by Clint Burgess
In the middle of the day, on a quiet street, I became the unsuspecting victim of one of the plagues of car ownership. A hit and run. It was the day after Thanksgiving, no less, and the effects of the collision caper were a complete letdown from the euphoria I had experienced just the day before. It must have been the holiday cheer that prompted the perpetrator not to leave an "I'm sorry" note or insurance information, but rest assured -- this is not over.
Unfortunately, these random acts of unkindness strike without warning, and it's usually not until after the incident has occurred that the victim becomes aware of it. For whatever reason, drivers who commit the hit and run often have good reason for running. It may be outstanding warrants, lack of auto insurance or possibly even driving under the influence. The real tragedy about these situations is that usually it's the guiltless party who is left to deal with the consequences of someone else's poor decision-making skills. The effects of a hit and run, whether physical or financial, can be felt long after the accident occurs.
Consider the plight of Larue Drager. A few weeks ago, she was driving down Wellesley. Suddenly, a vehicle turned the wrong way into traffic and struck Drager's vehicle. "She [the other driver] hit the front end of my van and then smashed all the way down the side of it," Drager recalls. The offending driver didn't stop. Drager called 9-1-1, and police were on the scene in about 10 minutes. "They responded very quickly," says Drager. A short while after the accident, the driver returned to the scene with her husband. The offending driver was cited for driving under the influence of prescription drugs. Unfortunately this was only the beginning for Drager.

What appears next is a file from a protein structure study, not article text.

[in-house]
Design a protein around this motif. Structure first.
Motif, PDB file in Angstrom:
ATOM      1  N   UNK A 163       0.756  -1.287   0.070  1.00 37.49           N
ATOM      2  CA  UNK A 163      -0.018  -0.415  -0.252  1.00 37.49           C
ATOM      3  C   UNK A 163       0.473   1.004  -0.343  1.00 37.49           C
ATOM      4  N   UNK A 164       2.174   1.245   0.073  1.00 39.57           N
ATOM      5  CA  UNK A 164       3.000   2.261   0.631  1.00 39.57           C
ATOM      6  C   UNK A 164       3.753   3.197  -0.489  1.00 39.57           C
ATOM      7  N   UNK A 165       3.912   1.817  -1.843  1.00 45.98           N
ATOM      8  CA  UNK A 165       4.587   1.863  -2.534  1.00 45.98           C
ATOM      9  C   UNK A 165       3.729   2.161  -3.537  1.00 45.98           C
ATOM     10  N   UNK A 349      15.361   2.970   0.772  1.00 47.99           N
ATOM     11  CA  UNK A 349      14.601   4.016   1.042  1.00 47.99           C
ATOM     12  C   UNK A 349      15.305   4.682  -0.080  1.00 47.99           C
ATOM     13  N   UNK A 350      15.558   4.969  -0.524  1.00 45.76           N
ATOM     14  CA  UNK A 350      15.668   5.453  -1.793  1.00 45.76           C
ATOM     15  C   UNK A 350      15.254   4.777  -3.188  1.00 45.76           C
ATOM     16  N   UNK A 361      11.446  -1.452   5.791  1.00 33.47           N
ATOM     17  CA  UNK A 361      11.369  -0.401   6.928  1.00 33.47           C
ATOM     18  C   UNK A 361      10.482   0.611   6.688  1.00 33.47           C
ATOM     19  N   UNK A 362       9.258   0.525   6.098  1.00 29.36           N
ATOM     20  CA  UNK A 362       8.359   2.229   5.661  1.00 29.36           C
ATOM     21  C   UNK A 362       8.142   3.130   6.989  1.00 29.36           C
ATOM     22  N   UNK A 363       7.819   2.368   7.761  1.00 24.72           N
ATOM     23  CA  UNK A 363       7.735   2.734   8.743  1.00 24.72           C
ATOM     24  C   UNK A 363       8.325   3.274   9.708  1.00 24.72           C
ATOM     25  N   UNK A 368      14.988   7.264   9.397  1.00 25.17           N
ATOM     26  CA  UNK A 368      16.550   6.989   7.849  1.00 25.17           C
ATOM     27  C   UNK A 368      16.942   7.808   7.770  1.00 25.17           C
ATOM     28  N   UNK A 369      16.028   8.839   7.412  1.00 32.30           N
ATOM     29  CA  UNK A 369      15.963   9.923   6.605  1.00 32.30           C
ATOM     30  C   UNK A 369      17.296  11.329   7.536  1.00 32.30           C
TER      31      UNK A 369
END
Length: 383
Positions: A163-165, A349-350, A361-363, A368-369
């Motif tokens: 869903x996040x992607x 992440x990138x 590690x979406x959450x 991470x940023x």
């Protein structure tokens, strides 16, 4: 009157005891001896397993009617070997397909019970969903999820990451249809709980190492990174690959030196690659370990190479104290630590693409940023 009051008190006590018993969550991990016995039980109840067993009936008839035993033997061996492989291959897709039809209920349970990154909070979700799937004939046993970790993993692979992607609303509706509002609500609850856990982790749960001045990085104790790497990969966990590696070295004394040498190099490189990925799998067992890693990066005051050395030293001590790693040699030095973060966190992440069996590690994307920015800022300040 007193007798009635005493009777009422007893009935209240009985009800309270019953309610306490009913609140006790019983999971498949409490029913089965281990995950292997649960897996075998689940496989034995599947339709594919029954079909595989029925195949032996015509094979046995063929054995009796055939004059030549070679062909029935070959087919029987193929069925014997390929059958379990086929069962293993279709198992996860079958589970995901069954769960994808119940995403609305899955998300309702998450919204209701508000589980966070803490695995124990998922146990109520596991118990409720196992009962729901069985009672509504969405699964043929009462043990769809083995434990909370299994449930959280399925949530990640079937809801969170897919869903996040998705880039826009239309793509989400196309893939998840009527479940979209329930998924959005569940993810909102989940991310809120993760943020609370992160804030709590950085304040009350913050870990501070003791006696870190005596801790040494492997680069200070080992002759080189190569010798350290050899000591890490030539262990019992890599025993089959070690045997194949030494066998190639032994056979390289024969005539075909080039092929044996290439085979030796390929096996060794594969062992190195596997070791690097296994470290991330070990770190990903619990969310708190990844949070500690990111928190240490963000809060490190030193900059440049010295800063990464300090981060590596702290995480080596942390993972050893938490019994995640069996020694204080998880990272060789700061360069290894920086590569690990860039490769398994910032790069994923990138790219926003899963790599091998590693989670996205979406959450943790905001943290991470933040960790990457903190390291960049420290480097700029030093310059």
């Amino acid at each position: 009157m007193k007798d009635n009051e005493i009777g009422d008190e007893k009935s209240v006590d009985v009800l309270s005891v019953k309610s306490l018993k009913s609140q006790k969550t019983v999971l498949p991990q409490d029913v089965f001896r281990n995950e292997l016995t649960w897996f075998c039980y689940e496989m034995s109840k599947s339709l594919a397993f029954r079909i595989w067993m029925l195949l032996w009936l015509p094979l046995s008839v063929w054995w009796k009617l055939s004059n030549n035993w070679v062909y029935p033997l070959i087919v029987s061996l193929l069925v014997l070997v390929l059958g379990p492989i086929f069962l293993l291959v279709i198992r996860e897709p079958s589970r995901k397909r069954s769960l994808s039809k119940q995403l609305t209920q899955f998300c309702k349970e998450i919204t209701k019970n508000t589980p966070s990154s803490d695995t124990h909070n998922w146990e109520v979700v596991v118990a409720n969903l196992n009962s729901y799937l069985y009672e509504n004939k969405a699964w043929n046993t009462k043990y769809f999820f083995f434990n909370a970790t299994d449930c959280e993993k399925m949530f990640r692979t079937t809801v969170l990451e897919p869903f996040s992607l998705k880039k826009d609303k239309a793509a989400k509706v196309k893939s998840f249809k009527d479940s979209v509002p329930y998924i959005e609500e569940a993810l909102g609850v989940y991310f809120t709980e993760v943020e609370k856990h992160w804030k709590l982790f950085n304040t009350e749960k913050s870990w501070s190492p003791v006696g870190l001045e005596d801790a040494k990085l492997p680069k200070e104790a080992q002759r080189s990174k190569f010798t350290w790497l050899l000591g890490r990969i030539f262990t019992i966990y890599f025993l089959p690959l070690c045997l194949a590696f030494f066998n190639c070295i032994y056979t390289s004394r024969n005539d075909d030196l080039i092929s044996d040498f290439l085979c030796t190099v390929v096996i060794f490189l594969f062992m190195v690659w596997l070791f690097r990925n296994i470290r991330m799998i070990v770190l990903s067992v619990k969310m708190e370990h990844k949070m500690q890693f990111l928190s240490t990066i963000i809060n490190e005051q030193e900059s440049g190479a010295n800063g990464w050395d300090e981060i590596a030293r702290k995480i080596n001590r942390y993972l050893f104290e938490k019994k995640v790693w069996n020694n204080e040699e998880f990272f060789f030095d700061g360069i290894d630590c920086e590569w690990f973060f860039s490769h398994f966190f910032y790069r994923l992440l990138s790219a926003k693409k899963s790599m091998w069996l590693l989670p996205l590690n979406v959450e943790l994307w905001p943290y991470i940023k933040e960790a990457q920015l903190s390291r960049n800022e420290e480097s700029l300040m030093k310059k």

Now she is left with the unenviable task of getting her medical bills and property damage taken care of. When asked what it has been like dealing with the other driver's insurance company during this process, she asked if she could swear. Apparently things haven't gone smoothly. "It really has been the worst part of this whole thing," Drager says. The contact with the insurance company has been stressful and the firm isn't offering a fair price for the now totaled minivan. "Basically when I told them their offer wasn't fair their attitude was, 'that's the way it is -- so too bad.'" In Drager's case, she doesn't have a spare couple of thousand dollars lying around to cover the difference in what the insurance company is offering and what it will actually cost to buy another van. To compound matters, she and her young son (who was also in the vehicle during the accident) have two to three appointments a week at this time for soreness and other ailments as a result of the accident.
The message is that all of this was avoidable. My $300 deductible was avoidable. A friend told me she writes down license plates and car colors of vehicles parked around her in parking lots and on the street. Has it come to this?
Publication date: 12/09/04